Faraizi Movement


The first half of the 19th century witnessed a movement known as Faraizi Movement in East Bengal. The founder of this movement was Haji Shariatullah. At this time the condition of the Bengali Muslims in the Sub-continent was very miserable. The British policy of distrust and oppression towards the Muslims rendered them economically and educationally crippled; and the oppression of the Zamindars made their lives unbearable.

Haji Shariatullah went to Mecca on the Pilgrimage. He returned to his country after 20 years and started his reform movement known as the Faraizi movement. His movement basically targeted the most depressed class of the Muslims. He asked them to give up un-Islamic customs and practices and to act upon the commandments of the religion called Faraiz or duties. Hence his followers came to be known as Faraizi. He forbade Tazia on the occasion of Muharram and singing and dancing at the time of wedding ceremonies. His movement was also directed against the oppression of the Zamindars. He declared the country Dar-ul-Harab, as Eid and Friday prayers could not be offered there.

The movement infused new life into the lives of the Muslims of Bengal. It wrought great agitation among them, especially the peasants who were imbued with his doctrines. Thus, he sowed the seeds of independence in Bengal. He died in 1840.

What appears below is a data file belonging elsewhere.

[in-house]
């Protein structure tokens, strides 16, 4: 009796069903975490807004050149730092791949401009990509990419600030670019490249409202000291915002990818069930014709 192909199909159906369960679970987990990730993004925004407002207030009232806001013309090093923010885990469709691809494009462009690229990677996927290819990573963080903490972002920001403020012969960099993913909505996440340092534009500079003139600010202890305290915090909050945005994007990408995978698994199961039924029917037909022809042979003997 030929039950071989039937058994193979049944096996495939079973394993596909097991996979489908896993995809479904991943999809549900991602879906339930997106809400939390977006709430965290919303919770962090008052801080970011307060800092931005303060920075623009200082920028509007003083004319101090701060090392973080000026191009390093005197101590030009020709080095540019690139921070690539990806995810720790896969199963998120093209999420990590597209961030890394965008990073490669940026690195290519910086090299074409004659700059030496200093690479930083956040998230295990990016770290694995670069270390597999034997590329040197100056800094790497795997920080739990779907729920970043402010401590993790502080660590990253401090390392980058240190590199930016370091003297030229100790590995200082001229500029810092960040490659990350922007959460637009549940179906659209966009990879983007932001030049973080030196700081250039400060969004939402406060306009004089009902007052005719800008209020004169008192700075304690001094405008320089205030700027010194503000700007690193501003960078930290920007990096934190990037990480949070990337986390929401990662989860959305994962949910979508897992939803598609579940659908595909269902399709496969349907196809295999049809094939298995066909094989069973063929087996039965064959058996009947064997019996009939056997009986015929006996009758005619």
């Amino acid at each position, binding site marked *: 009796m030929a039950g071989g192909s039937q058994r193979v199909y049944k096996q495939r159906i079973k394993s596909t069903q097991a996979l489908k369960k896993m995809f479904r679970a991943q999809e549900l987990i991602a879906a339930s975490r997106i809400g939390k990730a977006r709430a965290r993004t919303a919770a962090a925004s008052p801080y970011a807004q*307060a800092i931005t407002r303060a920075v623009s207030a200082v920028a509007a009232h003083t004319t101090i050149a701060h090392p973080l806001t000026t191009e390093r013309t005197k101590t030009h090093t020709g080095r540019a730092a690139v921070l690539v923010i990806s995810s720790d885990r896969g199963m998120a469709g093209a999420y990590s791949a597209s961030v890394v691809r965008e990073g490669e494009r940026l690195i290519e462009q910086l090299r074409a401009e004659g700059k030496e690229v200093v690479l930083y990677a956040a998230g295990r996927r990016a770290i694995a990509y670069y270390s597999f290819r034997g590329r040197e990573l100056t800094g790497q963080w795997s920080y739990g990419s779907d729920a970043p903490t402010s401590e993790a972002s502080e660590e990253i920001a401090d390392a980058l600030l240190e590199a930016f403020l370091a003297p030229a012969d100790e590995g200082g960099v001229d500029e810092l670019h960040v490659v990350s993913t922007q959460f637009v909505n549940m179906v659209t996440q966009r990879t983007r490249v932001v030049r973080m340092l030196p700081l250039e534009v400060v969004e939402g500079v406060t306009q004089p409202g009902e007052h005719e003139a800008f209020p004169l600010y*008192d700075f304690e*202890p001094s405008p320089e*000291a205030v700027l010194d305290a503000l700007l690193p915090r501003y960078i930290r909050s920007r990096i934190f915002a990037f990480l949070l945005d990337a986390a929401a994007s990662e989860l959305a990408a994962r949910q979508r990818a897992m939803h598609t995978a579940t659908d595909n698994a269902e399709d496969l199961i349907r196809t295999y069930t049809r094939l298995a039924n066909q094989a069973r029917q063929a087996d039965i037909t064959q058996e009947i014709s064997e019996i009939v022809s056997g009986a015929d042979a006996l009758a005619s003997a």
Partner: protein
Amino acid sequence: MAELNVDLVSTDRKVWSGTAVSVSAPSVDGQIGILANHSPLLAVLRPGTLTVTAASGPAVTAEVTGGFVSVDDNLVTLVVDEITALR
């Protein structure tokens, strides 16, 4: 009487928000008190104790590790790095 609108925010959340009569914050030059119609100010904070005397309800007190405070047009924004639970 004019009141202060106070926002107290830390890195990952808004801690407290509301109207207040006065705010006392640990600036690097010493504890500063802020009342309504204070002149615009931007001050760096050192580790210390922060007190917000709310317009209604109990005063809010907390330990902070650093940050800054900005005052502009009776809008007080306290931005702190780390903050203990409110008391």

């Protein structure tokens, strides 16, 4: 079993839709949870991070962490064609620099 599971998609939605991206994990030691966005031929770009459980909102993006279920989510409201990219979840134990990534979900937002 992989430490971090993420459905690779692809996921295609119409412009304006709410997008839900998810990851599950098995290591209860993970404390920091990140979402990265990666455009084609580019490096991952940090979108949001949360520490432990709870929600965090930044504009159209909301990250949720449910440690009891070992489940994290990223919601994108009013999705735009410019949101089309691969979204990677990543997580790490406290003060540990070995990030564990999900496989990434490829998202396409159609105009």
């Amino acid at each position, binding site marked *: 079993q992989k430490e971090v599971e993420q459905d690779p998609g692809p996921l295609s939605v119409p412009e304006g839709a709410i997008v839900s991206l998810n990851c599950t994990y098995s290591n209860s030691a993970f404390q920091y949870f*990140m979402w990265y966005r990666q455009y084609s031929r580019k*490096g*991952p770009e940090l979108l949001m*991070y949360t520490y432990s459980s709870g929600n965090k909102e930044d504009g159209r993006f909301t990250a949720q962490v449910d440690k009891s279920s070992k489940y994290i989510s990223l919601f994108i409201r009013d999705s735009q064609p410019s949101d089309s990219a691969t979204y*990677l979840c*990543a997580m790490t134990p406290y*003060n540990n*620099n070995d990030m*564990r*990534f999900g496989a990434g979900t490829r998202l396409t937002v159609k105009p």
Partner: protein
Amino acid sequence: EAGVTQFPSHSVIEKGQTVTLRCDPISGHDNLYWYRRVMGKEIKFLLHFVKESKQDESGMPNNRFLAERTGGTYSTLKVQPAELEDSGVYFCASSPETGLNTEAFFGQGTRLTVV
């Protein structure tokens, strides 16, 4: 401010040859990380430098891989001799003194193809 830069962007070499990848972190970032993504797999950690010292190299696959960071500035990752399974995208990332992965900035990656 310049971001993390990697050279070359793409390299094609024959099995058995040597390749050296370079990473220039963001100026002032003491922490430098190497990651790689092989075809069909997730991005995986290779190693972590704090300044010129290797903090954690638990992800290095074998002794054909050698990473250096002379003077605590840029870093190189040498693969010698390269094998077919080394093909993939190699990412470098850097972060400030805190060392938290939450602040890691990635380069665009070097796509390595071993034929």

His son Muhammad Mohsin, known as Dadhu Mian, succeeded Haji Shariatullah. Dadhu Mian popularized and strengthened the movement by organizing it in a systematic way. He acquired great influence amongst the Muslim peasants and craftsmen of Bakerganj, Dhaka, Faridpur and Pabna districts. He appointed Khalifahs who kept him informed about everything in their jurisdiction. Dadhu Mian vehemently opposed the taxes imposed by the landlords on Muslim peasants for the decoration of the image of Durgah.

He asked his followers to settle in lands managed by the government. During the revolt of 1857, he was put under arrest for organizing the peasants of Faridpur districts against the British government. He died in 1860.

Mir Nasir Ali, known as Titu Mir is another important figure who was moved by the sufferings of the Muslim of Bengal. After returning from Pilgrimage, Titu Mir devoted himself to the cause of his country. He made Narkelbaria, a village near Calcutta, the center of his activities. Many oppressed Muslim peasants gathered round Titu Mir in their resistance against the Hindu landlord, Krishna Deva Raj. Titu Mir was able to defeat Krishna Deva and set up government. The British aiding the Hindu landlords sent an army of 100 English Soldiers and 300 sepoys to Narkelbaria. In 1831, Titu Mir died fighting the British forces.

The death of Titu Mir did not dishearten his followers. His example rather served as a source of inspiration for them in the years to come.

This article was last updated on Sunday, June 01, 2003